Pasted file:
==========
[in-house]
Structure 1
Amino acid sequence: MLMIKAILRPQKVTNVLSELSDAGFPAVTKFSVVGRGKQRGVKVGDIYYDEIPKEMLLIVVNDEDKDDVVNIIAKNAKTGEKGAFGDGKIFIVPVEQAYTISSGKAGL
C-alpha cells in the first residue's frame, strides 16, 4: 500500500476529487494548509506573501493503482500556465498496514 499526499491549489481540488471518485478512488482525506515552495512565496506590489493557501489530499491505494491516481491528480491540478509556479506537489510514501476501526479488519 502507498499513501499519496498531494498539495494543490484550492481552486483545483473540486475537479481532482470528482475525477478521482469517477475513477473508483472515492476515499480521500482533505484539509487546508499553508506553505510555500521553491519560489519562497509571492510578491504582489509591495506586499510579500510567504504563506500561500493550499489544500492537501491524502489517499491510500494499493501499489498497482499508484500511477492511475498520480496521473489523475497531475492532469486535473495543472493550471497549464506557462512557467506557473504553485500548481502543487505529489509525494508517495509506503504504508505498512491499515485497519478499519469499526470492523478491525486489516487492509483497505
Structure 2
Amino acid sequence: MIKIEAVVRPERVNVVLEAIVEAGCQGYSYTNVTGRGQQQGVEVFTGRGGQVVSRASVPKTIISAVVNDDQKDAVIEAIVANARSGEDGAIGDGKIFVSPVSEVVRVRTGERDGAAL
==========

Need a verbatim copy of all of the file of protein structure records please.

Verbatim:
[in-house]
Structure 1
Amino acid sequence: MLMIKAILRPQKVTNVLSELSDAGFPAVTKFSVVGRGKQRGVKVGDIYYDEIPKEMLLIVVNDEDKDDVVNIIAKNAKTGEKGAFGDGKIFIVPVEQAYTISSGKAGL
C-alpha cells in the first residue's frame, strides 16, 4: 500500500476529487494548509506573501493503482500556465498496514 499526499491549489481540488471518485478512488482525506515552495512565496506590489493557501489530499491505494491516481491528480491540478509556479506537489510514501476501526479488519 502507498499513501499519496498531494498539495494543490484550492481552486483545483473540486475537479481532482470528482475525477478521482469517477475513477473508483472515492476515499480521500482533505484539509487546508499553508506553505510555500521553491519560489519562497509571492510578491504582489509591495506586499510579500510567504504563506500561500493550499489544500492537501491524502489517499491510500494499493501499489498497482499508484500511477492511475498520480496521473489523475497531475492532469486535473495543472493550471497549464506557462512557467506557473504553485500548481502543487505529489509525494508517495509506503504504508505498512491499515485497519478499519469499526470492523478491525486489516487492509483497505
Structure 2
Amino acid sequence: MIKIEAVVRPERVNVVLEAIVEAGCQGYSYTNVTGRGQQQGVEVFTGRGGQVVSRASVPKTIISAVVNDDQKDAVIEAIVANARSGEDGAIGDGKIFVSPVSEVVRVRTGERDGAAL